Huawei Technologies outranks Midea, Foshan Haitian, BYD as China’s most valuable consumer goods company in new Top 100 Hurun list

Lam Ka-sing
·4-min read

Huawei Technologies has been recognised as China’s most valuable consumer goods company with an estimated market value of 1.1 trillion yuan (US$169 billion) as the nation’s manufacturing revolution produced industry world-beaters.

The telecommunications group surpassed 99 others in the inaugural “Shu Yun Hurun China Top 100 Most Valuable Consumer Goods Companies”, researcher Hurun Group said on Tuesday. The valuation is derived from benchmarks used in assessing listed peers as of March 9, or using data from most-recent financing rounds, it added.

At US$169 billion, the Shenzhen-based privately-owned group would be the 57th largest by market capitalisation globally, according to a separate Hurun ranking of global companies.

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“Through this list, [we] can see the successful transformation and upgrading of China’s manufacturing industry,” said Rupert Hoogewerf, chairman and chief research officer at Hurun. “Many companies on the list have become benchmark enterprises of China’s advanced manufacturing.”

Huawei Technologies CFO Meng Wanzhou arrives at court in Vancouver, Canada, on March 1, 2021. Photo: Reuters
Huawei Technologies CFO Meng Wanzhou arrives at court in Vancouver, Canada, on March 1, 2021. Photo: Reuters

The firm, whose chief financial officer Meng Wanzhou is fighting an extradition to the US in a Canadian court, is held up as a national champion in the face of US sanctions and rejection in Europe while it seeks to expand its 5G technology footprint in competition with Western rivals.

Huawei, founded in 1987 by Meng’s father Ren Zhengfei, employs some 194,000 staff for operations across the world, serving some 3 billion customers, according to data published on its website.

China’s 14th Five-Year Plan, covering a period from 2021 to 2025, called for continued push in domestic consumption as a growth strategy. The economy expanded 2.3 per cent in 2020, the slowest in four decades, due to the Covid-19 pandemic. Chinese billionaires, though, have now outnumbered those in the US after a stock rally in 2020, Hurun said earlier this month.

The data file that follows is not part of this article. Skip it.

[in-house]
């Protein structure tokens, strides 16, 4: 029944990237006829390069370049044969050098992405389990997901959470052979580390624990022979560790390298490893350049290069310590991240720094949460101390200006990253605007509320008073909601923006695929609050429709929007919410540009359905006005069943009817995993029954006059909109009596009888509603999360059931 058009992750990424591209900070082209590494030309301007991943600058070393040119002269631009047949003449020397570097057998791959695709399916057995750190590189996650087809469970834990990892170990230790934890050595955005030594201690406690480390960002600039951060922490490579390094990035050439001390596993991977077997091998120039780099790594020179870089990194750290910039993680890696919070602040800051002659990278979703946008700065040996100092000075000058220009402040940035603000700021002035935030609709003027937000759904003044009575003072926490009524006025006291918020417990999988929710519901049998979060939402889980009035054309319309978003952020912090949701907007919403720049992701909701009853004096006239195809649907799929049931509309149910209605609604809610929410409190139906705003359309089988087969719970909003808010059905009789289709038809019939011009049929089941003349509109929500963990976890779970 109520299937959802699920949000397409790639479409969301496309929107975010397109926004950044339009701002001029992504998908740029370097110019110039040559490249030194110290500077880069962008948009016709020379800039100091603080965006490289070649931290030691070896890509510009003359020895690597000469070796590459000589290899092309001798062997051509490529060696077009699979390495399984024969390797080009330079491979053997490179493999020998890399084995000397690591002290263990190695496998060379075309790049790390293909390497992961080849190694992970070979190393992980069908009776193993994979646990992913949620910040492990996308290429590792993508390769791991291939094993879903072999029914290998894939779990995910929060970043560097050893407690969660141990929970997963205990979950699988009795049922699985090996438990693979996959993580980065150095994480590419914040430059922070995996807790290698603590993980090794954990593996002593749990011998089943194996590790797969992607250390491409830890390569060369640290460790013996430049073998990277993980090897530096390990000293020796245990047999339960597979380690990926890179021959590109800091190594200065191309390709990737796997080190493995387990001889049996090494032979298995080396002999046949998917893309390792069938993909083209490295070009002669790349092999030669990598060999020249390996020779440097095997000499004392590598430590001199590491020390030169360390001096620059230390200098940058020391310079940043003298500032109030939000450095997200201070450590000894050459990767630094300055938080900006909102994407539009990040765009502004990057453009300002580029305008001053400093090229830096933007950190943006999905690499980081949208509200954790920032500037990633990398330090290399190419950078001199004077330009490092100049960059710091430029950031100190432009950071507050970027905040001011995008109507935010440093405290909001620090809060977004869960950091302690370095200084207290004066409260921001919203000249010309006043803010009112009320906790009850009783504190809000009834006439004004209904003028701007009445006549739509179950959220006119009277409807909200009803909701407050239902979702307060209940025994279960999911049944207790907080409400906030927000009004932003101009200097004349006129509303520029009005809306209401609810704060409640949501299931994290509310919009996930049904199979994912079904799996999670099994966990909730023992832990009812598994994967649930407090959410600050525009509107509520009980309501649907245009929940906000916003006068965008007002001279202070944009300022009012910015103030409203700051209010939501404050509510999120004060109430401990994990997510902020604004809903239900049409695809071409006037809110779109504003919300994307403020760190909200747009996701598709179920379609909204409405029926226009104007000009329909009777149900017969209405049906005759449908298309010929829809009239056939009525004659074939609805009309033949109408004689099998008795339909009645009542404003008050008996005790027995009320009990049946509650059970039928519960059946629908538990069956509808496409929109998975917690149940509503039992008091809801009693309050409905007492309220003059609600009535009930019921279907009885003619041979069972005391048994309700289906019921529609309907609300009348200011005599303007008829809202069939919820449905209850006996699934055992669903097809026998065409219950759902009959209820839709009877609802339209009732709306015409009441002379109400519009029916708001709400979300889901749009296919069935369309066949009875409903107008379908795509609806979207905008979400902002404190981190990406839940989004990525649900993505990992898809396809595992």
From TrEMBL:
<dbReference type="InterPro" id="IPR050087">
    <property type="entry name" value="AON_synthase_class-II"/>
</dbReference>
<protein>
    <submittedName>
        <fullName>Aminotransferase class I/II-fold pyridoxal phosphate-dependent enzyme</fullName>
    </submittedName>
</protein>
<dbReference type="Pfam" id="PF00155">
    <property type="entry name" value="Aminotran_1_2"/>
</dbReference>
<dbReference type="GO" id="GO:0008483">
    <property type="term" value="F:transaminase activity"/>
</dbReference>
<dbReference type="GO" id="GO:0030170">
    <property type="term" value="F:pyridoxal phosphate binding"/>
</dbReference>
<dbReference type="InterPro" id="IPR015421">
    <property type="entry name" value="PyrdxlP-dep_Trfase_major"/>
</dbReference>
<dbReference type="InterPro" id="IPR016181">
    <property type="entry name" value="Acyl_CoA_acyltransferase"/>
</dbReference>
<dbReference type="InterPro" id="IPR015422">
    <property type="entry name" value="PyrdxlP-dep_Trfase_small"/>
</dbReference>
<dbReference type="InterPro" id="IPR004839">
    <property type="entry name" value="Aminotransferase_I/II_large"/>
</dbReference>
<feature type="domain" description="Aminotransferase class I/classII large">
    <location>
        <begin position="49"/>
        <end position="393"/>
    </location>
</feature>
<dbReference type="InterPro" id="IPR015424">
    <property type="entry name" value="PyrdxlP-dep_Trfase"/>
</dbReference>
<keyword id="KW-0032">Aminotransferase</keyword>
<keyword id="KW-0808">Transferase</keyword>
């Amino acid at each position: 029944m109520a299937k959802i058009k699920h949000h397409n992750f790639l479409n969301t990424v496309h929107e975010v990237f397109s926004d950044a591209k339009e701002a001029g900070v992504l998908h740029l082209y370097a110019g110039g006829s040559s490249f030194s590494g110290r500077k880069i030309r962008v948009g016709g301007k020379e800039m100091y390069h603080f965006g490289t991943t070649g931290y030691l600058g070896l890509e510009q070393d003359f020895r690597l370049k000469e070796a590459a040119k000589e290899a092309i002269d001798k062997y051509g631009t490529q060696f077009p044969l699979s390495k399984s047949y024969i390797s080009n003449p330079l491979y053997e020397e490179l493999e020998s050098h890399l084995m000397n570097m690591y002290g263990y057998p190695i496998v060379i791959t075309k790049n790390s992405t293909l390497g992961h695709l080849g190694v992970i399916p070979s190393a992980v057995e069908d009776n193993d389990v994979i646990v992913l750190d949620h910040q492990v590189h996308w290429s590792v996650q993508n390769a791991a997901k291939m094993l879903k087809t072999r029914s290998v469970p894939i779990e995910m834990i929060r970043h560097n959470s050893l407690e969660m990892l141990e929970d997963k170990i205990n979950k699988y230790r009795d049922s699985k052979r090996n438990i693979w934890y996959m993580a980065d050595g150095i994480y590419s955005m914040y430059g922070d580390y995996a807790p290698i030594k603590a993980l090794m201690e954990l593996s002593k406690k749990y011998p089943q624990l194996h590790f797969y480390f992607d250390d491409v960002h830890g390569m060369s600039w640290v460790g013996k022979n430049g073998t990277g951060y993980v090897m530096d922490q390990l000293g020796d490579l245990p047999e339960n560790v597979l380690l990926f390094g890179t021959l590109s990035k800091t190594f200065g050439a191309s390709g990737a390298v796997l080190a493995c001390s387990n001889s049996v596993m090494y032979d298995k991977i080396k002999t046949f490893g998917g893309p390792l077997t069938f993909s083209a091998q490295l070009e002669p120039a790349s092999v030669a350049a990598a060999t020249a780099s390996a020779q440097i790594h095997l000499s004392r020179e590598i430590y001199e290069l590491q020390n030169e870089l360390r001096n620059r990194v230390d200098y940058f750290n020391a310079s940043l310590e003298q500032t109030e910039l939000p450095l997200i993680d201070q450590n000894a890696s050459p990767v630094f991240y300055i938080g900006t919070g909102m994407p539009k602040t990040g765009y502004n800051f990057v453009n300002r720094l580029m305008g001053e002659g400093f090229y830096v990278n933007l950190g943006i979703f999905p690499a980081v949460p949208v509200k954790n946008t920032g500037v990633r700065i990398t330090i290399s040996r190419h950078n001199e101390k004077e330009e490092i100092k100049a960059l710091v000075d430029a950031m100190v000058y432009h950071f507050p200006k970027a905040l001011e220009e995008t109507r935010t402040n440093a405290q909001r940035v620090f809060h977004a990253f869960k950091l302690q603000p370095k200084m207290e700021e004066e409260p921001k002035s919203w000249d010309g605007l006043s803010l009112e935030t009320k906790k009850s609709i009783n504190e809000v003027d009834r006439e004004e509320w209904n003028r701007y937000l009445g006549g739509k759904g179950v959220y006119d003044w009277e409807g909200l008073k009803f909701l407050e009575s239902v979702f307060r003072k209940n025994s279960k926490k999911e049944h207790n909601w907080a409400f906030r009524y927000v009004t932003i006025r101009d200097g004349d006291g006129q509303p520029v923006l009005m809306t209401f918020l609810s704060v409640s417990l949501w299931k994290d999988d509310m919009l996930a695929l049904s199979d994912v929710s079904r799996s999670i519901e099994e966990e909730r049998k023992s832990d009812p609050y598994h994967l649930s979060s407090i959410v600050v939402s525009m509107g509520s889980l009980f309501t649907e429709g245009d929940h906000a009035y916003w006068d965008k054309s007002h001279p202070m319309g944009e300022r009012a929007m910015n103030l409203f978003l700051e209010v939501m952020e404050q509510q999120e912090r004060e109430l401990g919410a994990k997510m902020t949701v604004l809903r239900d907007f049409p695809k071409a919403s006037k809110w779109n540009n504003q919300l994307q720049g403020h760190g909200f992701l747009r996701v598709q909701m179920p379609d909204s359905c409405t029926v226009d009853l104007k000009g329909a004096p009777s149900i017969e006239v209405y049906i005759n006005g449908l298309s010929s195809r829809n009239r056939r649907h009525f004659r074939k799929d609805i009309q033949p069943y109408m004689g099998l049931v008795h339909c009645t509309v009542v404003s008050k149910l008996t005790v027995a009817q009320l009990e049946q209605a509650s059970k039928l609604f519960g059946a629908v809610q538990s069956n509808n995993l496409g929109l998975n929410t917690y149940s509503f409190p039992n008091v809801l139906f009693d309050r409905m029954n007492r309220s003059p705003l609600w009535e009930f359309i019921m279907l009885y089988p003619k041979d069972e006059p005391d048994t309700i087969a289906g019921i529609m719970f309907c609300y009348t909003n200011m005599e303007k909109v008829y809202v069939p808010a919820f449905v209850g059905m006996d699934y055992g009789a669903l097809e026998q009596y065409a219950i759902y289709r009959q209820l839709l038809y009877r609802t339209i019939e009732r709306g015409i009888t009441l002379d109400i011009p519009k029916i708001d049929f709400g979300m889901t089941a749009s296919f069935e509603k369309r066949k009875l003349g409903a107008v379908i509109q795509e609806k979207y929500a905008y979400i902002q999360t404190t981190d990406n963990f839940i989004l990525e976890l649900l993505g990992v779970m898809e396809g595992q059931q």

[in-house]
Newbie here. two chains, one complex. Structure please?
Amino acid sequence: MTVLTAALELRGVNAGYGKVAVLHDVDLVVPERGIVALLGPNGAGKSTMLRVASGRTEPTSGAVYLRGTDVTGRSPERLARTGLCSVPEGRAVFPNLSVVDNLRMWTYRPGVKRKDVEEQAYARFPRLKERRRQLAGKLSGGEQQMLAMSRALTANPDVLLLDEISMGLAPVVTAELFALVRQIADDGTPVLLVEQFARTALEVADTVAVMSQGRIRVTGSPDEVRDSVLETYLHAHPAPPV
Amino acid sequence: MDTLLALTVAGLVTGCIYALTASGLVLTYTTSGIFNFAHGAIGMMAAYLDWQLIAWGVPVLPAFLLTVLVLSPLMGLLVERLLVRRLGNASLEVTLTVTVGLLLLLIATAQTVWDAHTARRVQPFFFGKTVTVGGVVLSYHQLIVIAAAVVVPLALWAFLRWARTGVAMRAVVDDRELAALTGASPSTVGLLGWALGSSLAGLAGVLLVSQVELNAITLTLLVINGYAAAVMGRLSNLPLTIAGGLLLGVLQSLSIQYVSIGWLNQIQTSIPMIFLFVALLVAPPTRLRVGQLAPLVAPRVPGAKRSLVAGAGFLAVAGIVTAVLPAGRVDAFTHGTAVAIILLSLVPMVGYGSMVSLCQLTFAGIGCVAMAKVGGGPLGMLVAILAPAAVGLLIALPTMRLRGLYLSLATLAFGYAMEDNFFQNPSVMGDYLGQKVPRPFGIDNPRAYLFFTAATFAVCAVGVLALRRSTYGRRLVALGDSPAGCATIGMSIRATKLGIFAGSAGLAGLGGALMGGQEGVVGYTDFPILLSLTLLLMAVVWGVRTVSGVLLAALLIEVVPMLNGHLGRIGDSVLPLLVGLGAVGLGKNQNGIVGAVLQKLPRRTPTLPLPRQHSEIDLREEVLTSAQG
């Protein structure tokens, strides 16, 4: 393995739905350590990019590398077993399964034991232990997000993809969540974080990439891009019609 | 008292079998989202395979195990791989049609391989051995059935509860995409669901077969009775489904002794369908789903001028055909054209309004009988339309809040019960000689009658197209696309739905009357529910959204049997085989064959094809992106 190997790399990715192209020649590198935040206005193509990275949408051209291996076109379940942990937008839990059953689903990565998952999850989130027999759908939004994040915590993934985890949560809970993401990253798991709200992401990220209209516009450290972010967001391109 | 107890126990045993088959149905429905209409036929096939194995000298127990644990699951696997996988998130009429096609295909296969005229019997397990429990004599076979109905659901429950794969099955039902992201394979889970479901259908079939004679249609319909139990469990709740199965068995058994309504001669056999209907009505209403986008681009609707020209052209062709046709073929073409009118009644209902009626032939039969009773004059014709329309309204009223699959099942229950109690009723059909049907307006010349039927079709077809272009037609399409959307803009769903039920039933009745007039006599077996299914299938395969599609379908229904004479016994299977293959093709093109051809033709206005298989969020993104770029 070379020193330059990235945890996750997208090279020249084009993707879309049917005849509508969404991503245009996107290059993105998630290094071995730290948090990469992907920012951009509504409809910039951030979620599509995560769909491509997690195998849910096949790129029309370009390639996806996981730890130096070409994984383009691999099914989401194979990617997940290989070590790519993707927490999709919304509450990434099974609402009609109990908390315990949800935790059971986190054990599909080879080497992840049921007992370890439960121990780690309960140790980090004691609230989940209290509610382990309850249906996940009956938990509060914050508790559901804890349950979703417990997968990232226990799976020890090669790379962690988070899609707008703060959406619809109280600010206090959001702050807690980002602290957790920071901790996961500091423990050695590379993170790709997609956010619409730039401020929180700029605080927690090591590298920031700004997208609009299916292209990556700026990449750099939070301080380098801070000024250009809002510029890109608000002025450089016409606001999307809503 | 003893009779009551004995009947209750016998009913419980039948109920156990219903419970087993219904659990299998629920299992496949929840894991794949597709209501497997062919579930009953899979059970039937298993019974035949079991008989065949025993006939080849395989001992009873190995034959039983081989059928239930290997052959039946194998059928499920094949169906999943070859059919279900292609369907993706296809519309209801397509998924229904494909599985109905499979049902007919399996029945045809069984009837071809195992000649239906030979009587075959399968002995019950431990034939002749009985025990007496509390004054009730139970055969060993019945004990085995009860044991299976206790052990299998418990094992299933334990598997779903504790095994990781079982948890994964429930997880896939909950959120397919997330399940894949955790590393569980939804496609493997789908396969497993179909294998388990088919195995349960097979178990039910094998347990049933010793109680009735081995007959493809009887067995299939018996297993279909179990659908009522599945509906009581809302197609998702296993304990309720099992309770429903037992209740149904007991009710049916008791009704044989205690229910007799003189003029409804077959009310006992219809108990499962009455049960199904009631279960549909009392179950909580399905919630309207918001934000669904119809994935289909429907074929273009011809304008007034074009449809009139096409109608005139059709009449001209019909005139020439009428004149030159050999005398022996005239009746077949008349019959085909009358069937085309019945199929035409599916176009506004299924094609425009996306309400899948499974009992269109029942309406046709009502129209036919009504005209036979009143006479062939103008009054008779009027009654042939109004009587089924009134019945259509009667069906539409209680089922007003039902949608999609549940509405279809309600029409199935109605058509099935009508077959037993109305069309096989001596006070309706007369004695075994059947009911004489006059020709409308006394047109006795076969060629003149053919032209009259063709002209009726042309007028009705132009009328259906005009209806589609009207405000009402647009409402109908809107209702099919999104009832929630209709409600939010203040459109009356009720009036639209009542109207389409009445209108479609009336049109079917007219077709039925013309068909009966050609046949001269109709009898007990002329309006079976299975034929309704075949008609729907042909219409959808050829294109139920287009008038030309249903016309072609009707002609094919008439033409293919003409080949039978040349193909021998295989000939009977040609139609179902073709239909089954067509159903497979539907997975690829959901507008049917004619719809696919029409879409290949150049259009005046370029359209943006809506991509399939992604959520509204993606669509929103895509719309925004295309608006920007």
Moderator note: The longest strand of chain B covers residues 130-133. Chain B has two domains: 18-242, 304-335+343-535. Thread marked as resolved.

“Huawei is most-famous for its 5G technology, but most of its sales revenue comes from the consumer sector,” Hoogewerf said. “Although sales have declined recently due to chip shortages, it is still the most successful private enterprise in China’s consumption sector.”

Midea, the world’s biggest home appliances maker based in Foshan, came second on the list valued at 580 billion yuan, while Foshan Haitian Flavouring & Food Co and carmaker BYD made up the top four, valued at 500 billion yuan and 490 billion yuan, respectively. Hurun excluded state-owned enterprises, which dominate the liquor, tobacco and automobile industries.

The rise of home-grown brands reflects the blend of self-confidence and brand awareness, and a manifestation of the courage to innovate and think about changes of controllers at Chinese private enterprises, businessman Song Xiangping said.

He Xiangjian, the billionaire founder of Midea Group based in Foshan. Photo: Handout
He Xiangjian, the billionaire founder of Midea Group based in Foshan. Photo: Handout

“After more than 40 years of development, the private economy has become the main force driving China’s rapid economic development and technological innovation,” said Song, who is the founder and chief executive of Hangzhou Shuyun Information Technology, who jointly released the new Top 100 list. “More private enterprises have emerged in various industries.”

In terms of value creation, the mobile phone industry led by Huawei also ranked the best, Hurun said. It outranked the automotive industry led by carmaker BYD and the household appliances industry led by Midea Group.

The food and household appliances industries both have the highest number of companies populating the Top 100 list, Hurun added.

“These companies not only lead in advanced manufacturing but also attach great importance to building their own brands,” said Hoogewerf. “They have opened up an internet sales model, exploited online channels such as Tmall, Taobao, and JD.com to open up markets, and rely on big data, online payment systems and logistics to achieve high efficiency.”

As Chinese brands grow bigger, 70 per cent of those who made it on the Top 100 list were also represented in Hurun’s Top 500 companies in China. About a tenth of them were also seen on Hurun’s Top 500 global firms.

About 30 per cent of the top 500 global firms were in the consumer goods-related industry. Topping the list is Apple, which is worth 13 trillion yuan. Other players include Tesla, Samsung, Johnson & Johnson and Procter & Gamble, according to Hurun.


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